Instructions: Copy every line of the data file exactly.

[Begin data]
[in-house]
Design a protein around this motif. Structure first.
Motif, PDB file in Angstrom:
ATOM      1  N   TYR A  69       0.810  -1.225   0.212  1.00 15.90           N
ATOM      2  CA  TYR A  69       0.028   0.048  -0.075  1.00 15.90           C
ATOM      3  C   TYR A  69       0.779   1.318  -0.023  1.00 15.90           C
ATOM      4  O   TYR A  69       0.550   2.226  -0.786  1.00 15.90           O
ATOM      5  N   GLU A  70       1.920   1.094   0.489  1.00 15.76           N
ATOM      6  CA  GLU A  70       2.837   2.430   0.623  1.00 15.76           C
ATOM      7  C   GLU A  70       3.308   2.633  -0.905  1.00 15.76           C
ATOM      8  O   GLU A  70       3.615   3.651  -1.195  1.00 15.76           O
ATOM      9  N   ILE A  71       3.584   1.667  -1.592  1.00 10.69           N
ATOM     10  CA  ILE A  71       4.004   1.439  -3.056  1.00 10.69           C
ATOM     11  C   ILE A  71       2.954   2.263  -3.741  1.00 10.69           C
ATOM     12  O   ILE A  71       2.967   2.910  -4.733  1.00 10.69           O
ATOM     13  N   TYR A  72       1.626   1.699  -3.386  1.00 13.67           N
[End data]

[in-house]
Design a protein around this motif. Structure first.
Motif, PDB file in Angstrom:
ATOM      1  N   TYR A  69       0.810  -1.225   0.212  1.00 15.90           N
ATOM      2  CA  TYR A  69       0.028   0.048  -0.075  1.00 15.90           C
ATOM      3  C   TYR A  69       0.779   1.318  -0.023  1.00 15.90           C
ATOM      4  O   TYR A  69       0.550   2.226  -0.786  1.00 15.90           O
ATOM      5  N   GLU A  70       1.920   1.094   0.489  1.00 15.76           N
ATOM      6  CA  GLU A  70       2.837   2.430   0.623  1.00 15.76           C
ATOM      7  C   GLU A  70       3.308   2.633  -0.905  1.00 15.76           C
ATOM      8  O   GLU A  70       3.615   3.651  -1.195  1.00 15.76           O
ATOM      9  N   ILE A  71       3.584   1.667  -1.592  1.00 10.69           N
ATOM     10  CA  ILE A  71       4.004   1.439  -3.056  1.00 10.69           C
ATOM     11  C   ILE A  71       2.954   2.263  -3.741  1.00 10.69           C
ATOM     12  O   ILE A  71       2.967   2.910  -4.733  1.00 10.69           O
ATOM     13  N   TYR A  72       1.626   1.699  -3.386  1.00 13.67           N